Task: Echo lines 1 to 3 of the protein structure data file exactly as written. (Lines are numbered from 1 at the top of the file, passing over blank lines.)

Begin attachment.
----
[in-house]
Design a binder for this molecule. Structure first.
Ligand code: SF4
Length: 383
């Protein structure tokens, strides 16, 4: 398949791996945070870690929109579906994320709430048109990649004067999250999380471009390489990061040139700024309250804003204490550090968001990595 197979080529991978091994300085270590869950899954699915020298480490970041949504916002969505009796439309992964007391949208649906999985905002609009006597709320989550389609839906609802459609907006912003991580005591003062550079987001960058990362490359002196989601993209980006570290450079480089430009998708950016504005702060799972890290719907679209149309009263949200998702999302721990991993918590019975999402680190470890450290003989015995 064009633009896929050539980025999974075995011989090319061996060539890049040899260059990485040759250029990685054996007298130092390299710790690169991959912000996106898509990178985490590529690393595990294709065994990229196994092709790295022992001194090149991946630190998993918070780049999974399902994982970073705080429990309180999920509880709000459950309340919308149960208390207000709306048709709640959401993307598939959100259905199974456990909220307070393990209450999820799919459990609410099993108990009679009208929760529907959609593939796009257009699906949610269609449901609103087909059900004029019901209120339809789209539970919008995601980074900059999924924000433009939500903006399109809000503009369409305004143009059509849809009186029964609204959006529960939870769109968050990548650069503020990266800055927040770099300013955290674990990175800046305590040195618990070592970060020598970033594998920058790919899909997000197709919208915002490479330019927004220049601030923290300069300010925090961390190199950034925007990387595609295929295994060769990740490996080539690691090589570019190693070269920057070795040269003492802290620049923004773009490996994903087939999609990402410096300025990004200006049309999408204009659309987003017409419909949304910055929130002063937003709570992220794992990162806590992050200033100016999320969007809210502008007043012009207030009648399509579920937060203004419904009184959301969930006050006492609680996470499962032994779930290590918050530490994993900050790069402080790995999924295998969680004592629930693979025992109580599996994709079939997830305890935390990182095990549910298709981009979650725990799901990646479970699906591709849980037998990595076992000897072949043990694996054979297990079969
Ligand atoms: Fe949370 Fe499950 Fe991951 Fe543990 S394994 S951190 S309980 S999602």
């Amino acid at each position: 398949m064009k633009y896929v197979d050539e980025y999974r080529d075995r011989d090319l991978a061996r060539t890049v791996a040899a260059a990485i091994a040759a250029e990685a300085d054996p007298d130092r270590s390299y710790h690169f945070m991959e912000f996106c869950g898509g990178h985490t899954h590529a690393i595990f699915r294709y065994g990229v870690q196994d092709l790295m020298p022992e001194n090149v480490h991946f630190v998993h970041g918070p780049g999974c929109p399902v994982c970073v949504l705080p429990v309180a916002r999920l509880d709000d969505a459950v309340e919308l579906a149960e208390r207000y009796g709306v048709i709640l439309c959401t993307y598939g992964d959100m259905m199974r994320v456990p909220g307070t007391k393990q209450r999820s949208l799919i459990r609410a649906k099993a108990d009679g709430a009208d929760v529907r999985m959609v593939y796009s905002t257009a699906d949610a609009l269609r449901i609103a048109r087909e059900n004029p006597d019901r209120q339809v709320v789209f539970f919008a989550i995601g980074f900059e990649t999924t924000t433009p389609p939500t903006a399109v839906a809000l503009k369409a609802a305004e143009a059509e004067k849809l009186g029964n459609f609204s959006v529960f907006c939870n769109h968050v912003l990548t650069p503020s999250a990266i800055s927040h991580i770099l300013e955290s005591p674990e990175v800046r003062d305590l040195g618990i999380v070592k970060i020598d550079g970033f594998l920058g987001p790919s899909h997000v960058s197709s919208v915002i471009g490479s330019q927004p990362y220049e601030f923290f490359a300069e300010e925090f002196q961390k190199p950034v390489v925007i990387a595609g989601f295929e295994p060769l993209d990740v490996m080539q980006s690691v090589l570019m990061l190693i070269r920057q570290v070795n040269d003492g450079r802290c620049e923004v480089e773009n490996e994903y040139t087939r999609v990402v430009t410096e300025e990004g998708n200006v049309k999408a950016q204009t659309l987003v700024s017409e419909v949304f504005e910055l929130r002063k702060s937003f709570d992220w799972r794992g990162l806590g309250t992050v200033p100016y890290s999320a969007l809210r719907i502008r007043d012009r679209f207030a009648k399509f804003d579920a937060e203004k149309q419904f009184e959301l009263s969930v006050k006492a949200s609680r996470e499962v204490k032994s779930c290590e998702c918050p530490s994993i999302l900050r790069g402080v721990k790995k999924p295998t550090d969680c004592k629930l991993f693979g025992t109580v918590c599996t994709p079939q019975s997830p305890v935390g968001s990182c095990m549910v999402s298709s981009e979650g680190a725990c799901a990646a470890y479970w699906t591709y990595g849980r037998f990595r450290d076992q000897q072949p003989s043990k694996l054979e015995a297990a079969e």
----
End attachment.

[in-house]
Design a binder for this molecule. Structure first.
Ligand code: SF4